In the article “McCain endorses health care ripoff” we are lead to believe by the labor unions and other knee jerk reactionaries that HSA qualified plans are something only a greedy insurance company would love. Oh really?
    Let’s examine the concept and the math.
    An HSA qualified plan is a health insurance plan with a lower (20%-50%) premium than standard co-pay plans. In my own case, I went from $742 per month in premium to $384 per month in premium and my new plan included dental coverage. which the previous plan did not That’s improved benefits and a $400 per month SAVINGS that I get to keep, tax free, to fund my out of pocket expenses. (Oh, by the way, whatever I don’t use I get to keep. Every year. No kidding.)
    So, if I’m sending $400 per month or $4800 per year less to the insurance company, how do they become more profitable? I’m keeping half of what used to be their money and their profit. If I could remove $400 per month from your paycheck, we would be able to hear your screams of outrage all over the city.
    Yet we are led to believe that profiteering insurance companies are leading the charge on HSA’s so they can rake in the money and hold down the little man. Baloney. If insurance companies were only interested in profit, wouldn’t it make sense for them to work to limit or eliminate the spread of HSA qualified plans? The idea that insurance companies are only interested in HSA’s because of greed just doesn’t hold water.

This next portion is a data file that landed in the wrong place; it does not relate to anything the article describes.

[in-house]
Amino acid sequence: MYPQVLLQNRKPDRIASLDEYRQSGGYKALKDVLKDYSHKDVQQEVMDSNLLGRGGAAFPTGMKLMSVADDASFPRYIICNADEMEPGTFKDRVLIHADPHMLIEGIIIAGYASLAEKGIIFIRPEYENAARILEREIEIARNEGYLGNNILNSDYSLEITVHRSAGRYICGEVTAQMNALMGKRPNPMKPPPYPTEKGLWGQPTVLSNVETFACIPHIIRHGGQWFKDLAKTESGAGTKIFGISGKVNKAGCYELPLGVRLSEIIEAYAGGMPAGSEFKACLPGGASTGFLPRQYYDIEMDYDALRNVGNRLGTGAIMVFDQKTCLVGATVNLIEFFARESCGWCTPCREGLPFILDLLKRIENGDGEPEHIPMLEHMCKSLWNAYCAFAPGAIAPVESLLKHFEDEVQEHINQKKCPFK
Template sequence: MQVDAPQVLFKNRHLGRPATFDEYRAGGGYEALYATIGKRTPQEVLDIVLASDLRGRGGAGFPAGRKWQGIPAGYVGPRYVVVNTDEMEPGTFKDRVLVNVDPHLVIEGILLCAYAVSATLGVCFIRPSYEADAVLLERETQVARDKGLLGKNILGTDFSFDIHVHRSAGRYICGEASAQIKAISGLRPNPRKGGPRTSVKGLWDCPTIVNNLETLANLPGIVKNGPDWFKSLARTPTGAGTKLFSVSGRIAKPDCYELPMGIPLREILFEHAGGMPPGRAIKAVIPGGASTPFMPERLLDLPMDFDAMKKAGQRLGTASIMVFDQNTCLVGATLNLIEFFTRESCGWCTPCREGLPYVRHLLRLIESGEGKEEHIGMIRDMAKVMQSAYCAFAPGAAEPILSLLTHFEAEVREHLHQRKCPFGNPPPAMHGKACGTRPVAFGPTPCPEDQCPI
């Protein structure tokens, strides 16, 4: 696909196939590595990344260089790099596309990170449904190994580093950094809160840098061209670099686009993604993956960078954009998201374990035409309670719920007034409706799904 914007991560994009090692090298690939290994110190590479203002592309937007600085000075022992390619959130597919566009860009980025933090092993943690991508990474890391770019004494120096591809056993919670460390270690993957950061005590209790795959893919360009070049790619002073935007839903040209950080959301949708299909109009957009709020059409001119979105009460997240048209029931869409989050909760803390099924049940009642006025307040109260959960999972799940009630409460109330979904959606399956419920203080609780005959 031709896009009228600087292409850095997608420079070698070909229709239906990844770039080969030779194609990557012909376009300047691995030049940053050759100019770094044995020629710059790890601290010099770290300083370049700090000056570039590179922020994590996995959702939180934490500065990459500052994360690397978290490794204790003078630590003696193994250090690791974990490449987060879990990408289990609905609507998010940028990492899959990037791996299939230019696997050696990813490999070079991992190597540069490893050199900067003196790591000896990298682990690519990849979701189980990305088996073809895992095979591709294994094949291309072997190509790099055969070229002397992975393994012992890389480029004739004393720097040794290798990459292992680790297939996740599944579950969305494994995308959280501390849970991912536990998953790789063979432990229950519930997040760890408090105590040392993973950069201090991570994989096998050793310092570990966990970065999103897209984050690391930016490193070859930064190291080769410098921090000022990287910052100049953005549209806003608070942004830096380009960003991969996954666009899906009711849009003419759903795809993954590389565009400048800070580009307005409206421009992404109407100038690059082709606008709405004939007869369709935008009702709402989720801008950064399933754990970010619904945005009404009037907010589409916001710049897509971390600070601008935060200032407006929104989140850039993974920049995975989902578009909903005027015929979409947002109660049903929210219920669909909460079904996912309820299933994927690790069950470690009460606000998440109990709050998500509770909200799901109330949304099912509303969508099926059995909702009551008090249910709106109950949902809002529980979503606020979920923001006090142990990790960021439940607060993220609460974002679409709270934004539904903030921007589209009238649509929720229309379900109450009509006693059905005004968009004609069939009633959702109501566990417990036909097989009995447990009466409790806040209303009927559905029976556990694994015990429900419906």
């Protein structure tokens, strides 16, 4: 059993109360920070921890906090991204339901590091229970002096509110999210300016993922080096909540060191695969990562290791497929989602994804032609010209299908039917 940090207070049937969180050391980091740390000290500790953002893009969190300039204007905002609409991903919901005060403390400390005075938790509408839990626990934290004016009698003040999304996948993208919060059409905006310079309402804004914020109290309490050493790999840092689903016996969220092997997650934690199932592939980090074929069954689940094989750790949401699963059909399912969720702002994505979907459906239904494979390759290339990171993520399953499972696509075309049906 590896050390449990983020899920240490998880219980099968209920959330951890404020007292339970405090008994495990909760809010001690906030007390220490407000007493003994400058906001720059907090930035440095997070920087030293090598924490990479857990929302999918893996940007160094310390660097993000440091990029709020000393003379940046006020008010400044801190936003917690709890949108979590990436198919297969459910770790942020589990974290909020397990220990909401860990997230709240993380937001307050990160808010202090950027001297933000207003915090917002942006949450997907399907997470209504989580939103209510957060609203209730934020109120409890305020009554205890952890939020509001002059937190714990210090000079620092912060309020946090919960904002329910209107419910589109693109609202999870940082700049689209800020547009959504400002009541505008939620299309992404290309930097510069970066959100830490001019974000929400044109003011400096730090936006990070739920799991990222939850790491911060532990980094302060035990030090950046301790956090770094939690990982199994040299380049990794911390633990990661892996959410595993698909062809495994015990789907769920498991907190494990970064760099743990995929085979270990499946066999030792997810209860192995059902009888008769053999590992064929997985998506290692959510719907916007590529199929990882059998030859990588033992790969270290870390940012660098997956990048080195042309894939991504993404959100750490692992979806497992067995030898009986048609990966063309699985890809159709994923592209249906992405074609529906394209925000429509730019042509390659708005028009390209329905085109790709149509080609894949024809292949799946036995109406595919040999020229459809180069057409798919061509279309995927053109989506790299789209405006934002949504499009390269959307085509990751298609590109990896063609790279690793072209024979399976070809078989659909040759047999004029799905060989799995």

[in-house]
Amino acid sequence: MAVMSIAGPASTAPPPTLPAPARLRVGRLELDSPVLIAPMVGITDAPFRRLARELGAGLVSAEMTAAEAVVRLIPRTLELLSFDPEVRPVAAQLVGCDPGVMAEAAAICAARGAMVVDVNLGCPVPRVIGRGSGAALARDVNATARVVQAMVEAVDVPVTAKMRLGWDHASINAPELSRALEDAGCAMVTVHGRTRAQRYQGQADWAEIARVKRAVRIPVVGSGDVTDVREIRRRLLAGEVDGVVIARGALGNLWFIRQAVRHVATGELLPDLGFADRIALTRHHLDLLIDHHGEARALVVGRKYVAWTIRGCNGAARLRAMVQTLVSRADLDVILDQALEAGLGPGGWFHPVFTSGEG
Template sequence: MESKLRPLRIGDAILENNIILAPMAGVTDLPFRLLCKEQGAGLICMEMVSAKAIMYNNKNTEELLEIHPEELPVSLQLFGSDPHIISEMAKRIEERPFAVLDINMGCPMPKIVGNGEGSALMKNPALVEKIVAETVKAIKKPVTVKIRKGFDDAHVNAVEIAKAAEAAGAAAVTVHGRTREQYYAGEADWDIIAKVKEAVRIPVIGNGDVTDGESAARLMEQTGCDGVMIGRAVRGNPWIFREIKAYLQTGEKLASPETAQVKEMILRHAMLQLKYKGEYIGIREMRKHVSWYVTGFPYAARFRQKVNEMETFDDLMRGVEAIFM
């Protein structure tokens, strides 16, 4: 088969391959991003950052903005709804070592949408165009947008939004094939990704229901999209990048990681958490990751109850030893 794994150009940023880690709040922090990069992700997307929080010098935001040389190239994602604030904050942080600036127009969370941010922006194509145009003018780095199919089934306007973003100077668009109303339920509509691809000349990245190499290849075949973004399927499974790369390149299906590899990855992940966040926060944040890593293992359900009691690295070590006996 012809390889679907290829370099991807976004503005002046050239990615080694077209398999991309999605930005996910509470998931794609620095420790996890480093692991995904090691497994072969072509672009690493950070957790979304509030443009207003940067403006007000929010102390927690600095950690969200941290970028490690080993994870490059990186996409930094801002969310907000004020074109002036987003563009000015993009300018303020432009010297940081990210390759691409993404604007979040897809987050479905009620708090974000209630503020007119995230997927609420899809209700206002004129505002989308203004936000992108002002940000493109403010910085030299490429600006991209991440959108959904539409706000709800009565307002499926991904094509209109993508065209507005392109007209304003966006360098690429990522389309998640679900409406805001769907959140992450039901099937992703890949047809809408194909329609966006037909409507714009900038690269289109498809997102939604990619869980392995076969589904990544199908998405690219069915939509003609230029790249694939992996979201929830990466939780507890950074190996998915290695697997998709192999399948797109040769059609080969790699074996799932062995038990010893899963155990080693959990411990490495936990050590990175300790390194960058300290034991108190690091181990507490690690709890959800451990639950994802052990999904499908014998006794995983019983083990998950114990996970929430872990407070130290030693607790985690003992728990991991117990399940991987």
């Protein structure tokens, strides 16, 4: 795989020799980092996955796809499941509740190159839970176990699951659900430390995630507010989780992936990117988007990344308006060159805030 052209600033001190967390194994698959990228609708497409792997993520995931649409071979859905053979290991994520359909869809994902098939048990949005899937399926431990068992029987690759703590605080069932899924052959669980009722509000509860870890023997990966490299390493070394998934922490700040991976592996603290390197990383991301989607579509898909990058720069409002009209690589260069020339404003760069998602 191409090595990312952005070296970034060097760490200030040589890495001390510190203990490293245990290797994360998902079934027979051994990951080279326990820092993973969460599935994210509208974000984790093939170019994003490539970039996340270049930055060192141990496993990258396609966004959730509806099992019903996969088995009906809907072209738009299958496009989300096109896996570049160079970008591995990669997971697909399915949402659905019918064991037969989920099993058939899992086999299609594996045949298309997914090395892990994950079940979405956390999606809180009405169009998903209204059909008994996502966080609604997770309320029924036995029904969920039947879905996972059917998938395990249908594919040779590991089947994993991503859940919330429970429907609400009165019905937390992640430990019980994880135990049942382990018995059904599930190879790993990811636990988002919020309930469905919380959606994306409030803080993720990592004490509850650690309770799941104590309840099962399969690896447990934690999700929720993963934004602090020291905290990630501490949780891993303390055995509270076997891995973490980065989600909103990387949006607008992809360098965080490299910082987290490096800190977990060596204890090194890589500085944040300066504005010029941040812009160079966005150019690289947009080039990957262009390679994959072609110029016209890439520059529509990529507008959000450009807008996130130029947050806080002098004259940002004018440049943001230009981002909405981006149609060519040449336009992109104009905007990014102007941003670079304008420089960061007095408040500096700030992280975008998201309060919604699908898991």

If you ask me, the only reason HSA qualified plans are not wildly popular is because insurance companies and insurance agents don’t want the cut in profit or commission. Is it possible that those who stand against the HSA concept are actually shills for big insurance and big insurance brokers?
    Think about it.

  2. Another way to critically examine the viability of HSA’s is by looking at consumer enrollment in them. Trillions of dollars are being put into HSA’s, which means many consumers have accepted this product for what it is – a money saver!!
    There’s an inverse relationship between out of pocket exposure to the consumer and premium paid. The less out of pocket exposure the higher the premium, and vice versa.